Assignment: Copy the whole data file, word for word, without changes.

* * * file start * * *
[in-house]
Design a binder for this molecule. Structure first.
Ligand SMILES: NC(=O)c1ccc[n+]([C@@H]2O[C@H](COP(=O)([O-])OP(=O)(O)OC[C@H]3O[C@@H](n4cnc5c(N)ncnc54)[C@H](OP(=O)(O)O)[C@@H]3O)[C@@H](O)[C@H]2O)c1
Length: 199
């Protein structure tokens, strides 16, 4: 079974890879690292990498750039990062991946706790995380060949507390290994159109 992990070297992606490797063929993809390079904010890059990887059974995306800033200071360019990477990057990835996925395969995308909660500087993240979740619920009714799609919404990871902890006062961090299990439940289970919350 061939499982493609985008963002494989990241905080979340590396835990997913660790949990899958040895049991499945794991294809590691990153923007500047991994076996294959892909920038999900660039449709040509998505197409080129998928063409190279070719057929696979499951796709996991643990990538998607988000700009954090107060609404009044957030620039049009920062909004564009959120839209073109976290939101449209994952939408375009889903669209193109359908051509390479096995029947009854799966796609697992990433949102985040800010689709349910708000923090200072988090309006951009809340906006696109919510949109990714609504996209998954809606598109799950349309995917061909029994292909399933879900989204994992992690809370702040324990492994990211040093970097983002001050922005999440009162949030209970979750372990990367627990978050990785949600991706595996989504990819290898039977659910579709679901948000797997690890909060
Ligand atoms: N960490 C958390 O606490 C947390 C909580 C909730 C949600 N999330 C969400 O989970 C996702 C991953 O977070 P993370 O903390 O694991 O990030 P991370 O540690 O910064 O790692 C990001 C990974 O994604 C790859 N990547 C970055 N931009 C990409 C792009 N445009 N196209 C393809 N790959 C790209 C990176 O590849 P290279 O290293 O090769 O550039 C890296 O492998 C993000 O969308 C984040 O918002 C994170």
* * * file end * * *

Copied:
[in-house]
Design a binder for this molecule. Structure first.
Ligand SMILES: NC(=O)c1ccc[n+]([C@@H]2O[C@H](COP(=O)([O-])OP(=O)(O)OC[C@H]3O[C@@H](n4cnc5c(N)ncnc54)[C@H](OP(=O)(O)O)[C@@H]3O)[C@@H](O)[C@H]2O)c1
Length: 199
């Protein structure tokens, strides 16, 4: 079974890879690292990498750039990062991946706790995380060949507390290994159109 992990070297992606490797063929993809390079904010890059990887059974995306800033200071360019990477990057990835996925395969995308909660500087993240979740619920009714799609919404990871902890006062961090299990439940289970919350 061939499982493609985008963002494989990241905080979340590396835990997913660790949990899958040895049991499945794991294809590691990153923007500047991994076996294959892909920038999900660039449709040509998505197409080129998928063409190279070719057929696979499951796709996991643990990538998607988000700009954090107060609404009044957030620039049009920062909004564009959120839209073109976290939101449209994952939408375009889903669209193109359908051509390479096995029947009854799966796609697992990433949102985040800010689709349910708000923090200072988090309006951009809340906006696109919510949109990714609504996209998954809606598109799950349309995917061909029994292909399933879900989204994992992690809370702040324990492994990211040093970097983002001050922005999440009162949030209970979750372990990367627990978050990785949600991706595996989504990819290898039977659910579709679901948000797997690890909060
Ligand atoms: N960490 C958390 O606490 C947390 C909580 C909730 C949600 N999330 C969400 O989970 C996702 C991953 O977070 P993370 O903390 O694991 O990030 P991370 O540690 O910064 O790692 C990001 C990974 O994604 C790859 N990547 C970055 N931009 C990409 C792009 N445009 N196209 C393809 N790959 C790209 C990176 O590849 P290279 O290293 O090769 O550039 C890296 O492998 C993000 O969308 C984040 O918002 C994170």